|Tom Cannavan's wine-pages.com|
Liv-Ex Market Report
by Liv-ex.com, January 2011
2011 got off to a running start. Buyers greeted the new year with enthusiasm.and a generous appetite for top Bordeaux. With traders' fingers firmly on the button, monthly exchange turnover rose 120 per cent year on year and eclipsed turnover in December by 21 per cent. As a result, all of the Liv-ex indices registered healthy gains. Vintages from 2005 onwards inspired the heaviest buying last month, with the 2006 and the 2008 accounting for just under a third of trade. The most traded brand in terms of volume (by some distance) was Mouton Rothschild, which appears to have strengthened its foothold in China. Elsewhere, Haut Brion and Lafite continued to see voracious buying, along with Pichon Lalande and Lynch Bages. January was another month of Bordeaux-centric trade, with the region commanding 95 per cent of turnover. The Rhone failed to make much of an impact, whilst the exceptional 2009 Burgundies have yet to reach the secondary market. On the upside, wines from Down Under saw increased demand, just in time for Australia day.
(more analysis in the full report)
This month's major movers board is dominated by Mouton and Haut Brion, both of which continue to see heated trade on the exchange. The much-admired 1995 and 1996 vintages piqued traders' interest, with both looking good value compared to more recent offerings. Beychevelle 2006 also makes an appearance this month, as it continues to benefit from its strong following in Asia. Cristal heads up the second table, which shows the top five non-Bordeaux brands traded by value over the past 12 months. The 2002 vintage played a large part in the brand's overall performance, emerging as the year's most traded non-Bordeaux wine by both volume and value. Sassicaia also saw pronounced demand and pushes ahead of DRC and Penfolds into second place.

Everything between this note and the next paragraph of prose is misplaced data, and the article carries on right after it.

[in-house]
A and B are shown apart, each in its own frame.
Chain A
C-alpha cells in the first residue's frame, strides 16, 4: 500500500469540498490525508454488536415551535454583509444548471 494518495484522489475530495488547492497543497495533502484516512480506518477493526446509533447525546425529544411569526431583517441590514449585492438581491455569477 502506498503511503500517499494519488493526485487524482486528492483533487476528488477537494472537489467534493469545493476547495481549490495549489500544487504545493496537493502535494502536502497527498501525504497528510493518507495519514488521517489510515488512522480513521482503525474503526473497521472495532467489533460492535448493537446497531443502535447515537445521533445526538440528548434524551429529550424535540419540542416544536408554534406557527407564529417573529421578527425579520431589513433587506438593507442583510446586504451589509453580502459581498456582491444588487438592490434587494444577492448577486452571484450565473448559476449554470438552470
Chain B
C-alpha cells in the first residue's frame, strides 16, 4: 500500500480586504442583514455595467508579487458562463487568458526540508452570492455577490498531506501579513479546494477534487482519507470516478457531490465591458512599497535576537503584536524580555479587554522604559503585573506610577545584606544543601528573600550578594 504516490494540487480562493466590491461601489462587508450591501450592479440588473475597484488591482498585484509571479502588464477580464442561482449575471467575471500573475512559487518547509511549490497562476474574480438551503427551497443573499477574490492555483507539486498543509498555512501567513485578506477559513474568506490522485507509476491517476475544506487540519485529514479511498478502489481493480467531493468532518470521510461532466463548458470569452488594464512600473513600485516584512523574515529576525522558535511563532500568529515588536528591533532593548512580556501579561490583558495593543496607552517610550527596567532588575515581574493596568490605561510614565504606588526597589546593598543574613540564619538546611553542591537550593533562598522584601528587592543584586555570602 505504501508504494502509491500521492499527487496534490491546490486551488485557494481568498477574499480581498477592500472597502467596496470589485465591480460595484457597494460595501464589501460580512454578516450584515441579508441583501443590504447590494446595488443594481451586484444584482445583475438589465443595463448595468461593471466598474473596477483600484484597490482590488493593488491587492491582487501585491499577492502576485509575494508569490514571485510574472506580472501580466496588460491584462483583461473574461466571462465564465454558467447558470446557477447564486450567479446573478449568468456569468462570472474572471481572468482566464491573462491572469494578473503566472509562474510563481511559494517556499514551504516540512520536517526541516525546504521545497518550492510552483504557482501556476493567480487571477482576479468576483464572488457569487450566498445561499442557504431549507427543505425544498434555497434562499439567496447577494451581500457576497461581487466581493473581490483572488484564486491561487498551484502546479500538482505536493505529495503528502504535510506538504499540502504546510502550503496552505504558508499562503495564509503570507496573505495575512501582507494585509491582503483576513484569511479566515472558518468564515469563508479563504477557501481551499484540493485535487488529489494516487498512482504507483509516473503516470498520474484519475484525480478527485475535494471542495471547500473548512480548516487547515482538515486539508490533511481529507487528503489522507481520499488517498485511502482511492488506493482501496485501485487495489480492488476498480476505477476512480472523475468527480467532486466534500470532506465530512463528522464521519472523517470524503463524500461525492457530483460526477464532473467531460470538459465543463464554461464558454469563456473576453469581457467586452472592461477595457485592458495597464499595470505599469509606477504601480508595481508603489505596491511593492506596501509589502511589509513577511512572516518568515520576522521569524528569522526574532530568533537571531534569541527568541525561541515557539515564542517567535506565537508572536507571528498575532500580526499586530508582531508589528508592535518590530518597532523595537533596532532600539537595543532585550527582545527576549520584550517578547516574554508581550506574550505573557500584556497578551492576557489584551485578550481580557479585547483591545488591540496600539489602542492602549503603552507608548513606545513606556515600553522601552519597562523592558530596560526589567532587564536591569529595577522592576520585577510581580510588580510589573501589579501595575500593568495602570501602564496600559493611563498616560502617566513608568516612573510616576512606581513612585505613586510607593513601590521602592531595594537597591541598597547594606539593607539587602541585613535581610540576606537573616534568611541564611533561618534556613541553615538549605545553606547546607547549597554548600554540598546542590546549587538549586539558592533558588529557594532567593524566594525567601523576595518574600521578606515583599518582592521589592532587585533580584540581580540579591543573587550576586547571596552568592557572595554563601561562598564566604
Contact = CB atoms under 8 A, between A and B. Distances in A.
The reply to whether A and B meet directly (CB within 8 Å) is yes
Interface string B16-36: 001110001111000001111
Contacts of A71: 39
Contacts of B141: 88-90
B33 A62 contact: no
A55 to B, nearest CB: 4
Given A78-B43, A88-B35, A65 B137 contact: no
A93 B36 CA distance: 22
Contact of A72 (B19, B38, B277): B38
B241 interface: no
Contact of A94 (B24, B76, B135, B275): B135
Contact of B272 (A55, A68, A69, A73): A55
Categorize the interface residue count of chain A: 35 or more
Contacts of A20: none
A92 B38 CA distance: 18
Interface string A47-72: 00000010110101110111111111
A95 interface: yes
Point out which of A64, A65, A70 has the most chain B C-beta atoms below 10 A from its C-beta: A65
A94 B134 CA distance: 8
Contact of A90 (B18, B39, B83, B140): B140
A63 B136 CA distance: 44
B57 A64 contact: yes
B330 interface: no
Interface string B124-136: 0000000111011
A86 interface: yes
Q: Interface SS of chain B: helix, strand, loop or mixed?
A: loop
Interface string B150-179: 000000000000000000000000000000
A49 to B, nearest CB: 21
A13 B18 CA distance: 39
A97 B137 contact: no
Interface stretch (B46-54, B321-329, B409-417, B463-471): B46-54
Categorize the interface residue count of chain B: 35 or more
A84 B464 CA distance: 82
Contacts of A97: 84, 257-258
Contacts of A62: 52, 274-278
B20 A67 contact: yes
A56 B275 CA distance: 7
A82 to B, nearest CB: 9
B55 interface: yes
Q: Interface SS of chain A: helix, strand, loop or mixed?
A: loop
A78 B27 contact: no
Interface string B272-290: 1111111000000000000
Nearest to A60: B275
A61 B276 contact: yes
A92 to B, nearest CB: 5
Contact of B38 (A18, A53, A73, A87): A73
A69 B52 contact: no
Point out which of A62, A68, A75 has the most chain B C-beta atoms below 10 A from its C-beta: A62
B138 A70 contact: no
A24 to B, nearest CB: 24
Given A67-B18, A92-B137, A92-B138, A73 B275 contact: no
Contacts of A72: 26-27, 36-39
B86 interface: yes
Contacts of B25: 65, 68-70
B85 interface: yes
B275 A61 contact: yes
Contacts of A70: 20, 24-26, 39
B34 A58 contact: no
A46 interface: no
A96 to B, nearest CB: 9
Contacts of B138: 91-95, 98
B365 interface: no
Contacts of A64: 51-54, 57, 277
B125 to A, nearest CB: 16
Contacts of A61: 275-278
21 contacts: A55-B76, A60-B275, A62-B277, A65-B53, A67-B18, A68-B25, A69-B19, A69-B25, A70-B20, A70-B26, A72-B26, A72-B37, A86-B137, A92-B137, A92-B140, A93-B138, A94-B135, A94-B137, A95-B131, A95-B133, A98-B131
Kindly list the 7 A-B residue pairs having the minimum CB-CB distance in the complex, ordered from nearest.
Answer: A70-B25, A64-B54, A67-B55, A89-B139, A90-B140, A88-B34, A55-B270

Final thought — Haut-Brion
(analysed in detail in full report)
Stephen Tanzer's January report on the "splendid and alluring" 09 vintage sees near on 140 Burgundian wines achieve 95-point status and above. According to Tanzer, the 09s vary in style and quality, though the best examples are "wonderfully silky..fully ripe...with a rare level of fleshiness and compelling sweetness of fruit". Whilst the majority of the 2009s provide immediate drinking pleasure, the top offerings also have the potential for long-term ageing. Jancis Robinson, it seems, is also sweet on the 09s. Like Tanzer, however, she cautions that strong demand from new and established markets may prompt sharp price rises. Below is a selection of the critics. best-loved wines.
Despite the hype surrounding the Rothschilds, Chinese labels and ex-chateau auctions, the best-performing First Growth over the last six months has actually been Haut Brion. If we analyse the price movement of the last ten physical vintages (31 Jul to 31 Jan) we find that that Haut Brion is showing an average price move of 27.7 per cent, beating Mouton, at 25.4 per cent, into second place. Whilst Lafite prices started to flag in the latter part of 2011, Haut Brion pushed on. The potential for future outperformance also looks strong, beloved by both the trade and critics and presumably possessing a broader consumer following than Lafite.
(Charts and analysis in full report)
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Final thought — Haut-Brion